Why We Need To Stop Romanticizing Suffering As The Only Pathway To Success

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I recently joined the world of adulting, where bills became practical rather than just a theory you hear people complaining about. It was time to look for a job and work for my own money. I can tell you for a fact, the narrative out there is terrifying. Everywhere you go, people will tell you that you have to suffer before you finally attain happiness. They will welcome you to the ‘real world’ (of suffering) as though it’s something to be proud of. They will tell you how they did unpaid work for years, and how that is the only way to succeed in life. I guess you can’t really blame them because that’s the reality they had to go through to get to where they are, and now it seems like gospel truth.

There’s a joke that usually goes around about the way African parents describe how they got to school in their childhood. They will tell you how they walked miles, climbed hills, walked barefoot in the rain, and yet, despite all of this, they still made it to the top of the class. I understand part of it might be true. But why make it seem like struggle and success are synonymous? If they said that they were privileged enough to be driven to school every morning, and they still succeeded, would their success be any less than that of those who struggled?

Don’t get me wrong, I’m not belittling anyone’s journey. It’s okay to have struggled and worked through your struggle to become successful. It’s actually quite inspiring. But what’s not okay is to make it seem like everyone has to go through this journey of struggle in order to get to where they want to be. Again, don’t get me wrong, I’m not saying I don’t believe in putting in the effort. But what I’m saying is, you don’t have to struggle to be successful. You just have to work hard. Diligence is not a synonym of struggle.

When you speak of big dreams in the near future, some people will ridicule you. You will hear things like:

I had to work for forty years before I could afford my first house, what makes you think you can do that in two years?

It’s impossible to move out at age 23. If you do, you will suffer out there and end up going back home.

You have to start somewhere. You cannot become a millionaire in ten years, it’s impossible.

It doesn’t matter what your dreams in life are. I am sure that when you say some of them out loud, people laugh and mock you. It all stems from the same thing. We don’t believe that it is possible to have it easy in life, and that’s the sad reality. It’s so deeply ingrained in our thoughts, our perceptions, and our beliefs. We see suffering as a pathway to success, even if it doesn’t have to be that way.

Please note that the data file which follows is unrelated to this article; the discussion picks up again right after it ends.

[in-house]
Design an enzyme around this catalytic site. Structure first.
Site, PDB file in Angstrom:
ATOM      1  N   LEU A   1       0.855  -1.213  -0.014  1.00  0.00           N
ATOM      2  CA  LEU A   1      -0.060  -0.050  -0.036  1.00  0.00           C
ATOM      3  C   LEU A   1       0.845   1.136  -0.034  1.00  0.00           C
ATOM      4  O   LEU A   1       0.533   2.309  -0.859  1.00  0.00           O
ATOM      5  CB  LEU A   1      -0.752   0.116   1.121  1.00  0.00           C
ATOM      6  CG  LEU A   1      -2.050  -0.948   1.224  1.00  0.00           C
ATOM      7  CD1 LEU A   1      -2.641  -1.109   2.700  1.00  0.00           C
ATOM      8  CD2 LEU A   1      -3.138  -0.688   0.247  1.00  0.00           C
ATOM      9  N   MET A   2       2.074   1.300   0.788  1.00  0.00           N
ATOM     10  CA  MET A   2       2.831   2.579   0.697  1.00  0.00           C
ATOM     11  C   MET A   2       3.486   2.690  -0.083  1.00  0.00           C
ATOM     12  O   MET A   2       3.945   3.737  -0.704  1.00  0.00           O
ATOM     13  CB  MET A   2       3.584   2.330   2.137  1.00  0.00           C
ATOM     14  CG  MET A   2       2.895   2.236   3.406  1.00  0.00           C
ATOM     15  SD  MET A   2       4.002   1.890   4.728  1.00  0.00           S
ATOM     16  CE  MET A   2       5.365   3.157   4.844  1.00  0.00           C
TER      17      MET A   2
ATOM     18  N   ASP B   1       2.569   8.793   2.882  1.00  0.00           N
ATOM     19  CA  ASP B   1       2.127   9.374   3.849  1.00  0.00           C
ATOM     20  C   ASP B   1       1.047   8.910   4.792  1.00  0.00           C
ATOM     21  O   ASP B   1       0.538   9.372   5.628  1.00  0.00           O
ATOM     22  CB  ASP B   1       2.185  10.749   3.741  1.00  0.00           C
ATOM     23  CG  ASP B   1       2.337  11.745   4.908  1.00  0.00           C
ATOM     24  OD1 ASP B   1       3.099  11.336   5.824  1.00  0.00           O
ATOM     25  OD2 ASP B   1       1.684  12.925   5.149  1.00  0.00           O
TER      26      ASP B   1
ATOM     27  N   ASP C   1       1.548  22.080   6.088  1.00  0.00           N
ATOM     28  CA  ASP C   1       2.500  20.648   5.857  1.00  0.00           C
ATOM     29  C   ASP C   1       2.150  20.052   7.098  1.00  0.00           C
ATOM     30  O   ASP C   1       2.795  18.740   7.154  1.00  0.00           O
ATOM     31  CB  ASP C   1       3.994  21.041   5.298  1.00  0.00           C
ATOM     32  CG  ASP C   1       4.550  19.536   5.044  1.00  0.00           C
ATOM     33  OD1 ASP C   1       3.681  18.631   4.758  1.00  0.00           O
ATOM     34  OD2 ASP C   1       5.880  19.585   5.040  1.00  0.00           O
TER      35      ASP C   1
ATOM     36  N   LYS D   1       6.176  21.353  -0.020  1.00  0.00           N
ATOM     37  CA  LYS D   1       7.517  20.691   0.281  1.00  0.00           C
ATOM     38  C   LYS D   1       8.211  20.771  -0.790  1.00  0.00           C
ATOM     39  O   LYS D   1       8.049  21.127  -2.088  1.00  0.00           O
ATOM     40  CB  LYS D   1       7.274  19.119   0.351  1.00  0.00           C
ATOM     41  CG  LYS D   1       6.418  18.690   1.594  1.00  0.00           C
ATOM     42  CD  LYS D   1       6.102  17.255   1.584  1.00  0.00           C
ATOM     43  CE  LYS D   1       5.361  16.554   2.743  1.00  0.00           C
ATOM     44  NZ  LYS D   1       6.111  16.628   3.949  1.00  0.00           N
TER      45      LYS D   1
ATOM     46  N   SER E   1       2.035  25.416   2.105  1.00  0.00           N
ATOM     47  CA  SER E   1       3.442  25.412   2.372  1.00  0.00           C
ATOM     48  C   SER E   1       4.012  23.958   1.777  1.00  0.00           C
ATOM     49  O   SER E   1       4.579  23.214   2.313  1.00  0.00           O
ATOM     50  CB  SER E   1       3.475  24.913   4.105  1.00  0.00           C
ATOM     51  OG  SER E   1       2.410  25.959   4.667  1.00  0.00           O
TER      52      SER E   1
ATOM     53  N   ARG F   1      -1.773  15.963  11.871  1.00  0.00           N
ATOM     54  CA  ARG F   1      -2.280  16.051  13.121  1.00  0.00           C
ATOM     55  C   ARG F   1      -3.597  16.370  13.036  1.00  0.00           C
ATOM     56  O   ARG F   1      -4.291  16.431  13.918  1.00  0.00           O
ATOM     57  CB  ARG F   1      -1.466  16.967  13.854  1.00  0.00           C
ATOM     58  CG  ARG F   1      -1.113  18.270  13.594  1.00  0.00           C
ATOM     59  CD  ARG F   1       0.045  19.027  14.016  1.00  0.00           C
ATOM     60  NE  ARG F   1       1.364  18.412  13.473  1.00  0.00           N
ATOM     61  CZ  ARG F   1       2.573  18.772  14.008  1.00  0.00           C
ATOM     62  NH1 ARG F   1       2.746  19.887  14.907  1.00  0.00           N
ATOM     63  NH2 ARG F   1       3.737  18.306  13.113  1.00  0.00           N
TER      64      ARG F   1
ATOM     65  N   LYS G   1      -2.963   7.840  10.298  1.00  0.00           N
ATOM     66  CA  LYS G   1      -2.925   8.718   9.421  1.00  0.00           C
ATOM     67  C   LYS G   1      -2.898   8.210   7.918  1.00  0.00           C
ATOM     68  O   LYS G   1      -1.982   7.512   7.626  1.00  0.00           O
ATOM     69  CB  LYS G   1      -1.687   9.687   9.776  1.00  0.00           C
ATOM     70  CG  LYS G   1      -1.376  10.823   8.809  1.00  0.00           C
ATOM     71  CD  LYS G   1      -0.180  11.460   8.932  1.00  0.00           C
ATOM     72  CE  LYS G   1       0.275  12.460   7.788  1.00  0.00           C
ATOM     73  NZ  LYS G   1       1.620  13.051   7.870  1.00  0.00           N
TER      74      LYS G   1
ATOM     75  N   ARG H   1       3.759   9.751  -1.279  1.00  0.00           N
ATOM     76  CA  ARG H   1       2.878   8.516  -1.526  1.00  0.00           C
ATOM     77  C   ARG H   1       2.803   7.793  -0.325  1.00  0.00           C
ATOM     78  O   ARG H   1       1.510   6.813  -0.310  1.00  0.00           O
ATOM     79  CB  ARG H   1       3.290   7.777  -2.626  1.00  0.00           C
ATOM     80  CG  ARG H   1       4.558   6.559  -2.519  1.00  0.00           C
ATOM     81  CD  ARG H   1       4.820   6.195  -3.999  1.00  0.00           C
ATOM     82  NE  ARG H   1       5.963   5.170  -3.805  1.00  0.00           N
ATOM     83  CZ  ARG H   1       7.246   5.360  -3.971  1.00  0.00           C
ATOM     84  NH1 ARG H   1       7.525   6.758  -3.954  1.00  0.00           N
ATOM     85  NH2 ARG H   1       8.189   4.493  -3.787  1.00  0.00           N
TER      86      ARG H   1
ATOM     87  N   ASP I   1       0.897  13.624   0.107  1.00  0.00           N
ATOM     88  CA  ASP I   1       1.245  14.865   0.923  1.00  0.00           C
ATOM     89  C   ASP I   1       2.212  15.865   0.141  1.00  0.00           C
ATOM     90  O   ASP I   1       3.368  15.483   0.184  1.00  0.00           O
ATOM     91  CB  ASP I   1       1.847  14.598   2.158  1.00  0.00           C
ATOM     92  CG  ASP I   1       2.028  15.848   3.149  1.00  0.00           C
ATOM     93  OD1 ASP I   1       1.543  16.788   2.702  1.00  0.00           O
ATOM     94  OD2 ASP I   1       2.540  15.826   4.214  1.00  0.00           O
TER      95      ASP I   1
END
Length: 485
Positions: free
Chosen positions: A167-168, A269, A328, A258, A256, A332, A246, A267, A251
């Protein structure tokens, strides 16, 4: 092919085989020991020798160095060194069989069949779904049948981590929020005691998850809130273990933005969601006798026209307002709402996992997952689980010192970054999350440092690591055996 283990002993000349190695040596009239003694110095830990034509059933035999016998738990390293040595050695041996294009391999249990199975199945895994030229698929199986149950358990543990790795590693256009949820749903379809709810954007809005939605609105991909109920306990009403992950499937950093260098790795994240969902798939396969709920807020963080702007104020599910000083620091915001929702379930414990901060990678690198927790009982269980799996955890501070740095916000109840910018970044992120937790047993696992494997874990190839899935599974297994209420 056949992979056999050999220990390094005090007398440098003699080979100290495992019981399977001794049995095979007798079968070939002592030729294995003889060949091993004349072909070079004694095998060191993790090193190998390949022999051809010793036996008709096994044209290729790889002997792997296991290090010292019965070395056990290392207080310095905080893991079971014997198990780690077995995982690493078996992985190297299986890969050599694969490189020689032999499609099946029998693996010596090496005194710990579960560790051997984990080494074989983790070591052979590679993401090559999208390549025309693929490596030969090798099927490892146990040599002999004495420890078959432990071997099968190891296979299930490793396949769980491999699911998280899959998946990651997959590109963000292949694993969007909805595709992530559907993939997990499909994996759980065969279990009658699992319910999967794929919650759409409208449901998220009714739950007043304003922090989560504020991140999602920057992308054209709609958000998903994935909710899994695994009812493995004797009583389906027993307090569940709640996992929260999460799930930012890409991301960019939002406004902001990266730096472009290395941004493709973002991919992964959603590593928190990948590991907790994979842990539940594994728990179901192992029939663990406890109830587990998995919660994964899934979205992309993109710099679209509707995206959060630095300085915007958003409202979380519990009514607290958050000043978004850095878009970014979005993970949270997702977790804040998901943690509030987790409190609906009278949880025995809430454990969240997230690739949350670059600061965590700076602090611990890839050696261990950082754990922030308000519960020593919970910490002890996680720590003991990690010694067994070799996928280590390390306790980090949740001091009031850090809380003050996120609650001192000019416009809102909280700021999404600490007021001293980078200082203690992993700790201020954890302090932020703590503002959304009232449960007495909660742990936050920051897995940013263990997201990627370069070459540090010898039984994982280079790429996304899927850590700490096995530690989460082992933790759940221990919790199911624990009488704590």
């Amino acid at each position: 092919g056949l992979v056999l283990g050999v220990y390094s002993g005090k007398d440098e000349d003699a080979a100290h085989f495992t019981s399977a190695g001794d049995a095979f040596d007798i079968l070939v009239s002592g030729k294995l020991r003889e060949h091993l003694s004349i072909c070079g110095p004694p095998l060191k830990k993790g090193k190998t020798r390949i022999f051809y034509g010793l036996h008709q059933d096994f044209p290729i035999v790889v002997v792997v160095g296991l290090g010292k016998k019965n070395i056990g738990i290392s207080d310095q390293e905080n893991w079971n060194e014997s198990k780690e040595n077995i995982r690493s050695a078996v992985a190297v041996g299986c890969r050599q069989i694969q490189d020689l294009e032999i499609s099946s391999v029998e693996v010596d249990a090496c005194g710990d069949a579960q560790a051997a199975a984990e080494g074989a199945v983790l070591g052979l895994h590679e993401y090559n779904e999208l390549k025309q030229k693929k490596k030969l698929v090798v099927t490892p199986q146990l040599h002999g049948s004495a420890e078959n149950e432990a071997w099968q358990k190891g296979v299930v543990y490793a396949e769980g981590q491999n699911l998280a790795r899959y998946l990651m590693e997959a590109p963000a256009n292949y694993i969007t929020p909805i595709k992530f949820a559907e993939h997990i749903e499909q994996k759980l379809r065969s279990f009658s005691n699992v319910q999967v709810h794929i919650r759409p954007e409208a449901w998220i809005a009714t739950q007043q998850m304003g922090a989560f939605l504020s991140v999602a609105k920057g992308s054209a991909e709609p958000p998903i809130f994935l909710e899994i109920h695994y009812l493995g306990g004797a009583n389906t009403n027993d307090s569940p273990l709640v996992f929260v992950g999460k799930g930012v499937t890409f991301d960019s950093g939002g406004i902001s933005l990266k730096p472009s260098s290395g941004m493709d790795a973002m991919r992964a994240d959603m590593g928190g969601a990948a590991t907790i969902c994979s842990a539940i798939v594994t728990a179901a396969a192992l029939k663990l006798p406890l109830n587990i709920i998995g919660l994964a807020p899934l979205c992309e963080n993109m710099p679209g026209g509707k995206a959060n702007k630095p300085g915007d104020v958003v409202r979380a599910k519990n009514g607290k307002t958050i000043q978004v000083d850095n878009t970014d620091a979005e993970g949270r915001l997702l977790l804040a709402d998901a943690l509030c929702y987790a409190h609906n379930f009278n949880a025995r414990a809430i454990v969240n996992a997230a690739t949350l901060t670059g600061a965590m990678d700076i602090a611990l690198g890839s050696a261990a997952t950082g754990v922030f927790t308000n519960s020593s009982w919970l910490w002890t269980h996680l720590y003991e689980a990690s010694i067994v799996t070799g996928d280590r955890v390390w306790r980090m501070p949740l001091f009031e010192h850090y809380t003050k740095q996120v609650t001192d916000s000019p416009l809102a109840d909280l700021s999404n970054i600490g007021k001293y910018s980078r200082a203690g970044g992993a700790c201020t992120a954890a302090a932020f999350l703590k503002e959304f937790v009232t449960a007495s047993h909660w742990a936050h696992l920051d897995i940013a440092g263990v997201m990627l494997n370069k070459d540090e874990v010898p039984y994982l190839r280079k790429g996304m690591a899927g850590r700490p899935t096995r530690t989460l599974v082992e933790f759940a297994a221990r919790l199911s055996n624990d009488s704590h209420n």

As someone who believes in the law of attraction and in the power of the tongue, I find it hard to accept notions such as these. Because when you believe it, you attract it. If you go out into the world knowing that you must suffer in order to succeed, trust me, you will get just that. The power is in knowing that you deserve great things, with or without struggle being a part of the equation.

You might think this is all just a theory. You may be asking, who even thinks that way? So let me just solidify it all. Here’s something I’m quoting from the internet:

“When kids are born rich, they are at a huge disadvantage.  Starting off with nothing gave me a hunger that’s almost impossible to have when you are born well-fed.”

It got me thinking, what about our kids? Are we not working hard to give them a better life? Should we feel guilty about this, and make them suffer so that they can succeed? It doesn’t sit right with me. Even though they come from a point of privilege, rich children can also work hard and be successful in the long run.

In fact, I have a close friend who works extremely hard. She’s always thinking about the next project to embark on. She has started businesses and they have succeeded. While she comes from a financially comfortable home and probably has access to resources, she still works hard. Extremely hard. Yet, recently when we were discussing this topic, she told me about how someone had mentioned to her that she would never be successful because she hasn’t suffered enough. Why do we automatically assume this?

There is nothing wrong with attributing your success to the tenacity you built before you had it all. There is, however, everything wrong, with making it seem like success can only be achieved through suffering.

Quotes go around every day about how there is beauty in the struggle or how success is born from struggle. People go around saying that where there is no struggle there is no strength. We absorb these perceptions and manifest them into our reality, without even knowing it.

In my opinion, you can have it all. You do not have to suffer, you just have to work hard and appreciate your hard work. We need to stop equating effort to suffering. The suffering is over, it’s time for joy.

“You cannot struggle to joy. Struggle and joy are not on the same channel. You joy your way to joy. You laugh your way to success. It is through your joy that good things come.” ~Esther Hicks

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